With Mubarak gone, Ahmed Abu Haiba no longer has to worry about the infamous SSIS (Egypt’s Secret Police), but his 2-year-old Islamic music channel’s future is anything but certain. Haiba’s Cairo-based 4Shbab TV aims to instill Islamic values in Arab Muslim youth around the world, but some conservative Muslims think that its programming is polluting young minds with “inappropriate” presentations of makeup-wearing women in music videos. A few key Gulf-based financiers have responded to these criticisms by divesting from the channel. A popular Arab sheik even accuses Haiba of promoting “American Islam.”
In a recent Al Jazeera documentary, Pop Goes Islam (embedded below), Haiba explains his reasoning behind the channel’s creation–offering Islamic values in the language of 21st-century youth–and notes that the only women who have appeared on his channel have worn headscarves and occasionally even niqabs. No female musicians or vocalists have ever been broadcast.
The documentary also demonstrates how the Gulf’s socially conservative influence is affecting Muslim women in increasingly conservative Egyptian society. Pop Goes Islam follows the daily life of Yasmine Mohsen, Egypt’s first hijab-wearing model. Mohsen approaches Haiba about her interest in hosting a talk show on 4Shbab, but their business partnership is interrupted by accusations of programming immodesty and subsequent withdrawal of financial backing. Independent of 4Shbab’s critics, Mohsen herself says that she receives abusive and threatening phone calls from random Arab men and women, accusing her of disgraceful behavior for using the headscarf as a “fashion accessory” and not for the intended purpose of respecting God.
Despite the harassment Mohsen receives and the criticisms she faces as a hijabi model, she continues on with her professional goals. She started the Veiled Models Association, a mentoring program for other Egyptian hijabis pursuing careers in modeling and the media. Members learn how to walk down a catwalk, pose in a photo shoot, and interview for job opportunities, all in a modest way. Mohsen thinks that modest Islamic fashion is becoming a trend around the world, and is anything but discouraged by the opposition that she, Haiba, and others face as professionals in the media and the arts.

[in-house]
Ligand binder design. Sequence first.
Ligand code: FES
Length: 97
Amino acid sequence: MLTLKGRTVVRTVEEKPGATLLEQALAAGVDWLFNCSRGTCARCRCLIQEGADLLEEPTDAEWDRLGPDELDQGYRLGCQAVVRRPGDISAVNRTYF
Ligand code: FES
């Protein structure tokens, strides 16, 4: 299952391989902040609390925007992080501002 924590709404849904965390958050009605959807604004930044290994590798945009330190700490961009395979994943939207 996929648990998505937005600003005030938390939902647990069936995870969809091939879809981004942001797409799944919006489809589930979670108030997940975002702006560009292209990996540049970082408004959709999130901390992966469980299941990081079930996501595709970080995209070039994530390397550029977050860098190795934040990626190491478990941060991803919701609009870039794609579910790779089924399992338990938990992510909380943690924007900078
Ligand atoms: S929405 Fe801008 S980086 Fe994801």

Haiba and his all-male staff are more discouraged than Mohsen. They discuss strategies to acquire Egyptian funding for the channel, fearing that 4Shbab might “turn into Saudi Arabia.” Haiba tries to motivate his team and reminds them of 4Shbab’s mission–to attract non-religious or less pious Arab Muslim youth to a more devout path through morals and Islamic messages in music videos.
Throughout the documentary, there is conversation, dialogue, and debate about modesty, sexuality, and gender, but in the end, that’s not what struck me most. The film offers a unique, relatively non-romanticized perspective of what Cairo’s like, who Haiba and Mohsen are, and how each of them fit into a chaotic, yet relaxed city of 7 million. Both characters’ worlds are far from what I experienced when staying with a middle-class family in an outer Cairo suburb last January, and that’s another reason why I liked it. The outline of the story is about Islam, society, and 4Shbab, yes, but its through that frame where the real story pops.
Have you ever seen 4Shbab’s programming? Are Islam and fashion oxymorons? What do you think generally about the relationship between Islam and media? Or specifically about Islamic extremism’s influence in Arab media?